Automation need not impoverish education: we welcome our new robot colleagues. Comment: I suppose it depends on what the new robot colleagues do – what roles they play and how people understand and interpret those roles. Sherry Turkle’s writing about technology and human vulnerability seems relevant here.

Don’t succumb to campus envy: we are the campus. Comment: I’m not sure what this means – maybe because I’m not attached to an institution. I don’t think in terms of campuses.

Hopefully the Edinburgh Team will be expanding on this manifesto. It’s not all self-explanatory to me, but I do appreciate their focus on what it means to be a teacher in a digital age.

The role of the educator in networked learning will also be discussed in the first Hotseat for the Networked Learning Conference 2016,  which is now open and will be facilitated (is that the right word?) from October 25th by Mike Sharples.

6 thoughts on “Edinburgh University’s updated Manifesto for Teaching Online – 2015

  1. Jen Ross October 23, 2015 / 11:45 am

    hi Jenny, what a great post, and a wonderfully rich response to the new manifesto – thanks for sharing this.

    “do we need to oppose online and offline education. They can both be privileged and positive principles.”

    I take your point, and I agree, but I think we still need to make this argument/claim for online education, because it’s still so often considered ‘second best’ (explicitly or tacitly). Similarly the point about instrumentalisation, which responds to assumptions that online teaching can *only* be about attempts at efficiency gains (for example) – that isn’t a blanket charge normally levelled at classroom teaching.

    I do think the field is moving towards more recognition of hybridity (I like Greenhalgh-Spencer’s take on this – http://ojs.ed.uiuc.edu/index.php/pes/article/viewFile/4022/1334 ), but there is still a need (in my view) to address assumptions about what online education is and can be.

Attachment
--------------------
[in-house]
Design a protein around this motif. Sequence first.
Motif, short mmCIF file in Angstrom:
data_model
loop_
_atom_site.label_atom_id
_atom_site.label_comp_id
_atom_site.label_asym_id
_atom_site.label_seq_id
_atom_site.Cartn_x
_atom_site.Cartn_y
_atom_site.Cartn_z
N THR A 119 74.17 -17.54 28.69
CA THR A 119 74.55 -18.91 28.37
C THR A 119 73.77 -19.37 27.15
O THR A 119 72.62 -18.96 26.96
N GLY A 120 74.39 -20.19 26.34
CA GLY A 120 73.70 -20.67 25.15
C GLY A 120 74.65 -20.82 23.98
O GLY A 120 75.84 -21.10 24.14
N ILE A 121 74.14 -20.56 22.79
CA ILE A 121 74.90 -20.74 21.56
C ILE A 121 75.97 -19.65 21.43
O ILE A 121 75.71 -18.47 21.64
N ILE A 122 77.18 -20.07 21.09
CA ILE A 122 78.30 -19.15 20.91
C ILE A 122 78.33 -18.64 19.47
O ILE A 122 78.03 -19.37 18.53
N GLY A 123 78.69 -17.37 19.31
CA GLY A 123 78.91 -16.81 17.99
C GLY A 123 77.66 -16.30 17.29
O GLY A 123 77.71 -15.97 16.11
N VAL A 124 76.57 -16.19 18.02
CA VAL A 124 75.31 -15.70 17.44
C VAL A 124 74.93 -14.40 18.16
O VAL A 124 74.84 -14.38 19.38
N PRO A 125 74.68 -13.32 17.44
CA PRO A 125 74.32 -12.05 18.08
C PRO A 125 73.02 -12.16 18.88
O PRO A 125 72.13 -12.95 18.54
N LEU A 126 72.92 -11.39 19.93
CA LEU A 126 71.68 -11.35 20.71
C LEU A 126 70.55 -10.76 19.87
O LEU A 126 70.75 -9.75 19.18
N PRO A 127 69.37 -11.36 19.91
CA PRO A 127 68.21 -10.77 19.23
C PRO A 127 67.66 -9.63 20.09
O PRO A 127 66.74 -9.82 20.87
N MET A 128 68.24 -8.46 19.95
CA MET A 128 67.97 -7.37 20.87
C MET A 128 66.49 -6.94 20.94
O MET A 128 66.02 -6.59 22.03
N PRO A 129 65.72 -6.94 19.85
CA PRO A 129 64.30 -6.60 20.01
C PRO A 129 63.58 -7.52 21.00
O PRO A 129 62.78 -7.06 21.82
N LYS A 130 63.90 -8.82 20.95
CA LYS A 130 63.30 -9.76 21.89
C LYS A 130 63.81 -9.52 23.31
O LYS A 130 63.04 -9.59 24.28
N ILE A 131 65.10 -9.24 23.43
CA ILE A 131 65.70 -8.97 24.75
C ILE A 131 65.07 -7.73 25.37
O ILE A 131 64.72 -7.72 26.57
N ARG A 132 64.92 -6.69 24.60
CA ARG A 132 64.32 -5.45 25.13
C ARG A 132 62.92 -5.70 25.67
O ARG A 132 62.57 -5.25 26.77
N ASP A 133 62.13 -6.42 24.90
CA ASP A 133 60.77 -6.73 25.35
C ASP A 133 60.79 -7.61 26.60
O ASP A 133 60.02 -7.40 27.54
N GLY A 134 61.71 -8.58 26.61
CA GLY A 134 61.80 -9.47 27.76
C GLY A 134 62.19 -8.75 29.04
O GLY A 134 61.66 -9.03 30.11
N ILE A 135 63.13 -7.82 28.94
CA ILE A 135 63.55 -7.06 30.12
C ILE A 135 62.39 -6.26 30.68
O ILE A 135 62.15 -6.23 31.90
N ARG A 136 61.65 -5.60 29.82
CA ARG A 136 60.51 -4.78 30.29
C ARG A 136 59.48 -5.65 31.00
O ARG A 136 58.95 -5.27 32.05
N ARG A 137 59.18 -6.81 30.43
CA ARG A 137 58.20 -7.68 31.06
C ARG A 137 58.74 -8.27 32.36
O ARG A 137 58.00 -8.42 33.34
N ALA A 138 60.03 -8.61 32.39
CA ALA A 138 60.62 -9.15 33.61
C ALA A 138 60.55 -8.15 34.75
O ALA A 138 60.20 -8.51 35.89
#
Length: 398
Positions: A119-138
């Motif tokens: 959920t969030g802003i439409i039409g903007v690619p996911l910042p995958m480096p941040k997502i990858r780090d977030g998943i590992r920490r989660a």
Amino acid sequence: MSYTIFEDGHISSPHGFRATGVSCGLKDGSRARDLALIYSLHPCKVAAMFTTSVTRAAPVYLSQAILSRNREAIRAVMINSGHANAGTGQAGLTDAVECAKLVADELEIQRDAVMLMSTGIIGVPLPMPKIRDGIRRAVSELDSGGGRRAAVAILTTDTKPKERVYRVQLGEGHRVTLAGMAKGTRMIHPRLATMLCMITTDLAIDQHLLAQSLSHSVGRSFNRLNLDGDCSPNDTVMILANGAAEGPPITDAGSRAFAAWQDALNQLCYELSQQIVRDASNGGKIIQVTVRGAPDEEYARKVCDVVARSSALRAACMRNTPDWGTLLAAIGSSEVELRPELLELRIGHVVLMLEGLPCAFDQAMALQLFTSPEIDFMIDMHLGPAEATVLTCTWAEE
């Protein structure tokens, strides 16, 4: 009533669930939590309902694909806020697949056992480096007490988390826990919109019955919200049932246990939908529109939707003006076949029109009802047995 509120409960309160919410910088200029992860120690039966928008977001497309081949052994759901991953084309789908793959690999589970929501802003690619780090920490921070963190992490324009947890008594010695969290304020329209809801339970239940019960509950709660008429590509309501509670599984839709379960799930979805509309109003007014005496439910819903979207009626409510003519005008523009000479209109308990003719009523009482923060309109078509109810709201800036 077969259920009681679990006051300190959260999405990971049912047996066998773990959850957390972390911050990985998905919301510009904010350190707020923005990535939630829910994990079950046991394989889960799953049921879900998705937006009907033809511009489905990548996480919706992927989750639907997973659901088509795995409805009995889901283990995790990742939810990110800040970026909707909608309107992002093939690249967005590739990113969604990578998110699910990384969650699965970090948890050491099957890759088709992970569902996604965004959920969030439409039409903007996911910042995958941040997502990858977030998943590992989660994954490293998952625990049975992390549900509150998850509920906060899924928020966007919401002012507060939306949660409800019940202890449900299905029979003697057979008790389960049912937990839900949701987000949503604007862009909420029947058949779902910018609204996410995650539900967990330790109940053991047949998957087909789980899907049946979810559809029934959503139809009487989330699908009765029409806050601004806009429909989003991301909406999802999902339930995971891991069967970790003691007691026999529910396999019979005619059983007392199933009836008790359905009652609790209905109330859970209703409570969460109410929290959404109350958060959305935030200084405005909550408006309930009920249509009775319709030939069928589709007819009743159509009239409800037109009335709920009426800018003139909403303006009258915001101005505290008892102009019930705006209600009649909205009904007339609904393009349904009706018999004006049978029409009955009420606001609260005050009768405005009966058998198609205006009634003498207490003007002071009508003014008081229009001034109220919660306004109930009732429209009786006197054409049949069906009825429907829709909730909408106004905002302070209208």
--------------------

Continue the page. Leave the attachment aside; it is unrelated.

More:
“does subjects mean disciplines or people?”

    We left this interpretation of ‘subjects’ deliberately open – but we think both! 🙂

  2. sianbayne October 24, 2015 / 5:15 am

    Thanks for taking the time to comment on our manifesto – I really enjoyed your post. Also it’s spot on in identifying some of the literatures that influenced it (while also pushing us in new directions). We have a paper in draft for next year’s Networked Learning conference which talks about where the thinking behind the new, 2015, manifesto points came from. If you’d like a copy just drop me an email (sian.bayne@ed.ac.uk) . Sorry it’s not more accessibly online yet!

    For more on the ‘automation’ angle, you might find the collection edited by Ben Williamson interesting? https://codeactsineducation.wordpress.com/codinglearning-e-book/ – loads of interesting stuff in there.

  3. jennymackness October 24, 2015 / 11:32 am

    Thanks Jen and Sian for your comments and the useful links which I will follow up. I was aware of Ben Williamson’s edited collection but it has been on the back burner in my long list of articles etc. waiting to be read. I’ll bring it forward – and I’ll look forward to reading Greenhalgh-Spencer’s paper. I have had many discussions with research colleagues this year about binary thinking.

    I’ll also really look forward to your NLC paper and learning more about your thinking. I’m hoping to be there myself. Lancaster is just down the road from where I live 🙂

    I have updated my post to take account of your comments.

    Looking forward to further discussion on the manifesto – possibly at http://scalar.kavubob.com/ed-manifesto-for-teaching-online—digital-education-university-of-edinburgh-2015/index

    Jenny